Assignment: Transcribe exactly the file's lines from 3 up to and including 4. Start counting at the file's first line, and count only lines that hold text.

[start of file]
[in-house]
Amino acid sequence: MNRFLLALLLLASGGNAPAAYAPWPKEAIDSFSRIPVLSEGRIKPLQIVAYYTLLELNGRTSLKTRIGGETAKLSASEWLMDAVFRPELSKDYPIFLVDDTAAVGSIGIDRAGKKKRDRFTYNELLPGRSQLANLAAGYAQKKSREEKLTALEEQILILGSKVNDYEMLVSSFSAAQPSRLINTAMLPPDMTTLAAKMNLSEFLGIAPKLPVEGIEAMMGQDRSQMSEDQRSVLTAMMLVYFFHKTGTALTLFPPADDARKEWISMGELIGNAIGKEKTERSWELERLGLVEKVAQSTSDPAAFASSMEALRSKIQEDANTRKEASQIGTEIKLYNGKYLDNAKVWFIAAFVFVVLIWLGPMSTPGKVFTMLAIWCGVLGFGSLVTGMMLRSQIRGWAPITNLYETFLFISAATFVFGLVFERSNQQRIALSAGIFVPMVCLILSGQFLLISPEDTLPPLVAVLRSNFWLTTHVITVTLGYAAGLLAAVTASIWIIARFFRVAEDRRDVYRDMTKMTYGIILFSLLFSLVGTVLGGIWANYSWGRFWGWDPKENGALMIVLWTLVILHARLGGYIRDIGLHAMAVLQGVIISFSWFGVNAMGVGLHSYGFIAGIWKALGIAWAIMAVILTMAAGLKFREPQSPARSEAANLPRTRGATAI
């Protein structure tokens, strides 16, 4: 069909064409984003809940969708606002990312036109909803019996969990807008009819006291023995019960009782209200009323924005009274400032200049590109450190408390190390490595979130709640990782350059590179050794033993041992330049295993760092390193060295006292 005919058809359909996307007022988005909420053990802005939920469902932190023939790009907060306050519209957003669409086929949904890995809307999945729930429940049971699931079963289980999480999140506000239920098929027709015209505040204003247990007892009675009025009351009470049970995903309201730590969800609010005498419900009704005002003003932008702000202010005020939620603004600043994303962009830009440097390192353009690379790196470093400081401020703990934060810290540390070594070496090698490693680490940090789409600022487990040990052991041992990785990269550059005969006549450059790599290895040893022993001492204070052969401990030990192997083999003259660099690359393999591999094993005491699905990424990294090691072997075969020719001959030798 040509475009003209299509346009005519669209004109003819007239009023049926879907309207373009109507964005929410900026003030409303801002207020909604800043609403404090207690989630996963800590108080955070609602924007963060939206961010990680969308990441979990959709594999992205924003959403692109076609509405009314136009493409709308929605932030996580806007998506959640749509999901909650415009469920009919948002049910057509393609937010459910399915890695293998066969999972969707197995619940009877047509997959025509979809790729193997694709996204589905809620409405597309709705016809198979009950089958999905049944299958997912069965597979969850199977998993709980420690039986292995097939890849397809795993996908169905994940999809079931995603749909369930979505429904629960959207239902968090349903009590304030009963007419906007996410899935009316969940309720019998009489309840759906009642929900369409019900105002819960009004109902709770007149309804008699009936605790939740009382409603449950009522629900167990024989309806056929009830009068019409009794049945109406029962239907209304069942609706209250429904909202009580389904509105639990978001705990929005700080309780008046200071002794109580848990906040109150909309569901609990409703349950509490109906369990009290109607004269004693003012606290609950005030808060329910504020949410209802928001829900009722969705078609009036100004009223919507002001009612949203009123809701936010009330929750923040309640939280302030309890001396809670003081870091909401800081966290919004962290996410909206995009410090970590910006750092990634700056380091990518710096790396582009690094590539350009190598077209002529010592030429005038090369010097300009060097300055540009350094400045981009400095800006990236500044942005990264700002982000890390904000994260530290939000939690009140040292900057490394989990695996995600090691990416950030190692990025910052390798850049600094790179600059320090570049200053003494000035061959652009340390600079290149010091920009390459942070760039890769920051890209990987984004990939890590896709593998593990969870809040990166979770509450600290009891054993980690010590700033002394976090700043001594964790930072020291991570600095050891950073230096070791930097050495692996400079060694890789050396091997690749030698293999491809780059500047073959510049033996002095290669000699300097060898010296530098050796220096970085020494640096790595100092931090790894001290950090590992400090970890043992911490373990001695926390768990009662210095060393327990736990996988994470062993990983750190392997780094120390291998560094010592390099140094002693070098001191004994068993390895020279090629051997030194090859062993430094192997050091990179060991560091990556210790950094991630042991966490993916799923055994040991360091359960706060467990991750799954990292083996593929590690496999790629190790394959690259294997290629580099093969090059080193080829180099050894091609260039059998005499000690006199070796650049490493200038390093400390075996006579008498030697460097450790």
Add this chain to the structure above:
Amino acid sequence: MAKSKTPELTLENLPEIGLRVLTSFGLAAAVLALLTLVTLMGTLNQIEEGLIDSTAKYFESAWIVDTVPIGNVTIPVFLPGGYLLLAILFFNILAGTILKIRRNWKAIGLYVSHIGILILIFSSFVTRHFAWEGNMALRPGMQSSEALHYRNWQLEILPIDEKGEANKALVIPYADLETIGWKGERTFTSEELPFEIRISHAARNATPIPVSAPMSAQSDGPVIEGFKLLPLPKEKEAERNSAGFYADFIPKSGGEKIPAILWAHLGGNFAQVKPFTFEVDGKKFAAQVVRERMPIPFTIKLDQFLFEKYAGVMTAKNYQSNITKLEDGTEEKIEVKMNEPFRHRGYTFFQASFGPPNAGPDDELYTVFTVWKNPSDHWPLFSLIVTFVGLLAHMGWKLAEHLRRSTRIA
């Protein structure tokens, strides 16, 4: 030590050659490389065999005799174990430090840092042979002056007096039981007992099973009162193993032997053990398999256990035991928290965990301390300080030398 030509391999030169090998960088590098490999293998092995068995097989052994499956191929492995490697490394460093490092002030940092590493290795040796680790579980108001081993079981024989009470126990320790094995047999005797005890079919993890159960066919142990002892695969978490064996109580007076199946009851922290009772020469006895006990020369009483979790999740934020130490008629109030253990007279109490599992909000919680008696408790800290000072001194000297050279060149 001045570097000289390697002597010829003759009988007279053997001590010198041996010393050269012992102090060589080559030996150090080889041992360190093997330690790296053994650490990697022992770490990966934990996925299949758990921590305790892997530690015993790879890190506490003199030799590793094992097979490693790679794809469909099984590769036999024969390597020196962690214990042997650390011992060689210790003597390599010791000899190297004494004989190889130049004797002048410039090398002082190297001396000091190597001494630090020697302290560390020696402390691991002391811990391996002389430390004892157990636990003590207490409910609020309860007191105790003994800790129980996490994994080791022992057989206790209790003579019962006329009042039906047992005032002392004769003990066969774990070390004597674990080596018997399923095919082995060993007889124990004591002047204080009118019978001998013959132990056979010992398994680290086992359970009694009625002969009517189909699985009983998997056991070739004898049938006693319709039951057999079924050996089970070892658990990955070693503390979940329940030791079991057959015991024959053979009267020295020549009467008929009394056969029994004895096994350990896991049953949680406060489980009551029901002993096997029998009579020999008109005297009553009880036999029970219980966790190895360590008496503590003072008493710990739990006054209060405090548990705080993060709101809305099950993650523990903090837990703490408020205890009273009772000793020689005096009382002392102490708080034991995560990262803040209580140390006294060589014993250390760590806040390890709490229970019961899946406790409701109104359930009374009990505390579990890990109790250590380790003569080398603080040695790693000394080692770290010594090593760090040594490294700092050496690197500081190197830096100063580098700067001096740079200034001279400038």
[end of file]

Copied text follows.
């Protein structure tokens, strides 16, 4: 069909064409984003809940969708606002990312036109909803019996969990807008009819006291023995019960009782209200009323924005009274400032200049590109450190408390190390490595979130709640990782350059590179050794033993041992330049295993760092390193060295006292 005919058809359909996307007022988005909420053990802005939920469902932190023939790009907060306050519209957003669409086929949904890995809307999945729930429940049971699931079963289980999480999140506000239920098929027709015209505040204003247990007892009675009025009351009470049970995903309201730590969800609010005498419900009704005002003003932008702000202010005020939620603004600043994303962009830009440097390192353009690379790196470093400081401020703990934060810290540390070594070496090698490693680490940090789409600022487990040990052991041992990785990269550059005969006549450059790599290895040893022993001492204070052969401990030990192997083999003259660099690359393999591999094993005491699905990424990294090691072997075969020719001959030798 040509475009003209299509346009005519669209004109003819007239009023049926879907309207373009109507964005929410900026003030409303801002207020909604800043609403404090207690989630996963800590108080955070609602924007963060939206961010990680969308990441979990959709594999992205924003959403692109076609509405009314136009493409709308929605932030996580806007998506959640749509999901909650415009469920009919948002049910057509393609937010459910399915890695293998066969999972969707197995619940009877047509997959025509979809790729193997694709996204589905809620409405597309709705016809198979009950089958999905049944299958997912069965597979969850199977998993709980420690039986292995097939890849397809795993996908169905994940999809079931995603749909369930979505429904629960959207239902968090349903009590304030009963007419906007996410899935009316969940309720019998009489309840759906009642929900369409019900105002819960009004109902709770007149309804008699009936605790939740009382409603449950009522629900167990024989309806056929009830009068019409009794049945109406029962239907209304069942609706209250429904909202009580389904509105639990978001705990929005700080309780008046200071002794109580848990906040109150909309569901609990409703349950509490109906369990009290109607004269004693003012606290609950005030808060329910504020949410209802928001829900009722969705078609009036100004009223919507002001009612949203009123809701936010009330929750923040309640939280302030309890001396809670003081870091909401800081966290919004962290996410909206995009410090970590910006750092990634700056380091990518710096790396582009690094590539350009190598077209002529010592030429005038090369010097300009060097300055540009350094400045981009400095800006990236500044942005990264700002982000890390904000994260530290939000939690009140040292900057490394989990695996995600090691990416950030190692990025910052390798850049600094790179600059320090570049200053003494000035061959652009340390600079290149010091920009390459942070760039890769920051890209990987984004990939890590896709593998593990969870809040990166979770509450600290009891054993980690010590700033002394976090700043001594964790930072020291991570600095050891950073230096070791930097050495692996400079060694890789050396091997690749030698293999491809780059500047073959510049033996002095290669000699300097060898010296530098050796220096970085020494640096790595100092931090790894001290950090590992400090970890043992911490373990001695926390768990009662210095060393327990736990996988994470062993990983750190392997780094120390291998560094010592390099140094002693070098001191004994068993390895020279090629051997030194090859062993430094192997050091990179060991560091990556210790950094991630042991966490993916799923055994040991360091359960706060467990991750799954990292083996593929590690496999790629190790394959690259294997290629580099093969090059080193080829180099050894091609260039059998005499000690006199070796650049490493200038390093400390075996006579008498030697460097450790």
Add this chain to the structure above: